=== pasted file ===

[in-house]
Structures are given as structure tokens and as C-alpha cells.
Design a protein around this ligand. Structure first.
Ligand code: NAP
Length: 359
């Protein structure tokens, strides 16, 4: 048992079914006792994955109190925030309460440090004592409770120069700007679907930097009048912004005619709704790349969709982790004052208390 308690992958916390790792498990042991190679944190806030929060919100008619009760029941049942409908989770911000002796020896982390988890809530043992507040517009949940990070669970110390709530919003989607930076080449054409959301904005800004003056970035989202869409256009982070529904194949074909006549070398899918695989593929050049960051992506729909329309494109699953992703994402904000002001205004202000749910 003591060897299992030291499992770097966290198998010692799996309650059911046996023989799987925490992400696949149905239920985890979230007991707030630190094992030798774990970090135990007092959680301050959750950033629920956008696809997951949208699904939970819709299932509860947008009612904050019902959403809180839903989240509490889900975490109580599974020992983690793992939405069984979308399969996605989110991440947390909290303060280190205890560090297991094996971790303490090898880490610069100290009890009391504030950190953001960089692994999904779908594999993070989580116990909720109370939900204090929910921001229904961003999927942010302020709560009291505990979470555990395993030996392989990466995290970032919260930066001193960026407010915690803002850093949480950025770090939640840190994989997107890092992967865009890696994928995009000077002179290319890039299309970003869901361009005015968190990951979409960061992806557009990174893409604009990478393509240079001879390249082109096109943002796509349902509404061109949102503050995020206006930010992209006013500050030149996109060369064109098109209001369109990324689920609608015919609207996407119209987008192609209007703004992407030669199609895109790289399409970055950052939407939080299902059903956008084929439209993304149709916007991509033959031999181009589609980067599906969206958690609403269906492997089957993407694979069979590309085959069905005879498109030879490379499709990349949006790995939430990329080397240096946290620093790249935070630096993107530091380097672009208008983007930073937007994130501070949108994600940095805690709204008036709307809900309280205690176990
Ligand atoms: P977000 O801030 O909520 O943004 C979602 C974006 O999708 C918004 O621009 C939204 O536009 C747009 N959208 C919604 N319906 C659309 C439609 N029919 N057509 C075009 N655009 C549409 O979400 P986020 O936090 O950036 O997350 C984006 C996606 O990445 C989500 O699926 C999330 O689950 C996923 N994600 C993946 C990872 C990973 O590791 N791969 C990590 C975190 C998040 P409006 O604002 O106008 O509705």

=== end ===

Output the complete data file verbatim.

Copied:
[in-house]
Structures are given as structure tokens and as C-alpha cells.
Design a protein around this ligand. Structure first.
Ligand code: NAP
Length: 359
């Protein structure tokens, strides 16, 4: 048992079914006792994955109190925030309460440090004592409770120069700007679907930097009048912004005619709704790349969709982790004052208390 308690992958916390790792498990042991190679944190806030929060919100008619009760029941049942409908989770911000002796020896982390988890809530043992507040517009949940990070669970110390709530919003989607930076080449054409959301904005800004003056970035989202869409256009982070529904194949074909006549070398899918695989593929050049960051992506729909329309494109699953992703994402904000002001205004202000749910 003591060897299992030291499992770097966290198998010692799996309650059911046996023989799987925490992400696949149905239920985890979230007991707030630190094992030798774990970090135990007092959680301050959750950033629920956008696809997951949208699904939970819709299932509860947008009612904050019902959403809180839903989240509490889900975490109580599974020992983690793992939405069984979308399969996605989110991440947390909290303060280190205890560090297991094996971790303490090898880490610069100290009890009391504030950190953001960089692994999904779908594999993070989580116990909720109370939900204090929910921001229904961003999927942010302020709560009291505990979470555990395993030996392989990466995290970032919260930066001193960026407010915690803002850093949480950025770090939640840190994989997107890092992967865009890696994928995009000077002179290319890039299309970003869901361009005015968190990951979409960061992806557009990174893409604009990478393509240079001879390249082109096109943002796509349902509404061109949102503050995020206006930010992209006013500050030149996109060369064109098109209001369109990324689920609608015919609207996407119209987008192609209007703004992407030669199609895109790289399409970055950052939407939080299902059903956008084929439209993304149709916007991509033959031999181009589609980067599906969206958690609403269906492997089957993407694979069979590309085959069905005879498109030879490379499709990349949006790995939430990329080397240096946290620093790249935070630096993107530091380097672009208008983007930073937007994130501070949108994600940095805690709204008036709307809900309280205690176990
Ligand atoms: P977000 O801030 O909520 O943004 C979602 C974006 O999708 C918004 O621009 C939204 O536009 C747009 N959208 C919604 N319906 C659309 C439609 N029919 N057509 C075009 N655009 C549409 O979400 P986020 O936090 O950036 O997350 C984006 C996606 O990445 C989500 O699926 C999330 O689950 C996923 N994600 C993946 C990872 C990973 O590791 N791969 C990590 C975190 C998040 P409006 O604002 O106008 O509705």